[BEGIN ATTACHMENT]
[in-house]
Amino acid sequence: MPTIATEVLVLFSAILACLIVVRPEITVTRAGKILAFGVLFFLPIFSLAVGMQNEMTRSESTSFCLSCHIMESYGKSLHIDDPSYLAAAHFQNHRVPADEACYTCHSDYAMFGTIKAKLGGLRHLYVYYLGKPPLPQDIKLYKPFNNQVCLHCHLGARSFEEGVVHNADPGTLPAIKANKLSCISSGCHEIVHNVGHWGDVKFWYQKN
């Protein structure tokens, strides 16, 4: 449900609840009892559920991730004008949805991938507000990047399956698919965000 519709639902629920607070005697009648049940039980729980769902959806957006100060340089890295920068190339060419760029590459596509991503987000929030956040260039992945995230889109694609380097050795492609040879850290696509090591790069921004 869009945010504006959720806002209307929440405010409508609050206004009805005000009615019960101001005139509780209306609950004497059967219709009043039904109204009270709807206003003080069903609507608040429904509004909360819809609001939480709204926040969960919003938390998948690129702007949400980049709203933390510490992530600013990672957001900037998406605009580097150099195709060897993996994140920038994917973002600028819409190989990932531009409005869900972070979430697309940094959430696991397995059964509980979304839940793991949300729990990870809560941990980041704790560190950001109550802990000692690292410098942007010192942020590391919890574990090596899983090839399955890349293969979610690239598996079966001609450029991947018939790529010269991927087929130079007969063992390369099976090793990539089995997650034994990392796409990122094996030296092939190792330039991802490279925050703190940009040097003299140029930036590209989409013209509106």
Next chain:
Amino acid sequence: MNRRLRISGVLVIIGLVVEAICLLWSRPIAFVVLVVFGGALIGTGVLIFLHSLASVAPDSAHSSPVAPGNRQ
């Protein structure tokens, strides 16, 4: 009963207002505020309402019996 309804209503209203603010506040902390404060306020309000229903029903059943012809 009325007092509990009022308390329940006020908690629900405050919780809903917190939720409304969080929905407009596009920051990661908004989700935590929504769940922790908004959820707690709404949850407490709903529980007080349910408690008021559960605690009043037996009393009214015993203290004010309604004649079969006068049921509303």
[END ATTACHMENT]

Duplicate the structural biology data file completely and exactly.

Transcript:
[in-house]
Amino acid sequence: MPTIATEVLVLFSAILACLIVVRPEITVTRAGKILAFGVLFFLPIFSLAVGMQNEMTRSESTSFCLSCHIMESYGKSLHIDDPSYLAAAHFQNHRVPADEACYTCHSDYAMFGTIKAKLGGLRHLYVYYLGKPPLPQDIKLYKPFNNQVCLHCHLGARSFEEGVVHNADPGTLPAIKANKLSCISSGCHEIVHNVGHWGDVKFWYQKN
């Protein structure tokens, strides 16, 4: 449900609840009892559920991730004008949805991938507000990047399956698919965000 519709639902629920607070005697009648049940039980729980769902959806957006100060340089890295920068190339060419760029590459596509991503987000929030956040260039992945995230889109694609380097050795492609040879850290696509090591790069921004 869009945010504006959720806002209307929440405010409508609050206004009805005000009615019960101001005139509780209306609950004497059967219709009043039904109204009270709807206003003080069903609507608040429904509004909360819809609001939480709204926040969960919003938390998948690129702007949400980049709203933390510490992530600013990672957001900037998406605009580097150099195709060897993996994140920038994917973002600028819409190989990932531009409005869900972070979430697309940094959430696991397995059964509980979304839940793991949300729990990870809560941990980041704790560190950001109550802990000692690292410098942007010192942020590391919890574990090596899983090839399955890349293969979610690239598996079966001609450029991947018939790529010269991927087929130079007969063992390369099976090793990539089995997650034994990392796409990122094996030296092939190792330039991802490279925050703190940009040097003299140029930036590209989409013209509106």
Next chain:
Amino acid sequence: MNRRLRISGVLVIIGLVVEAICLLWSRPIAFVVLVVFGGALIGTGVLIFLHSLASVAPDSAHSSPVAPGNRQ
């Protein structure tokens, strides 16, 4: 009963207002505020309402019996 309804209503209203603010506040902390404060306020309000229903029903059943012809 009325007092509990009022308390329940006020908690629900405050919780809903917190939720409304969080929905407009596009920051990661908004989700935590929504769940922790908004959820707690709404949850407490709903529980007080349910408690008021559960605690009043037996009393009214015993203290004010309604004649079969006068049921509303």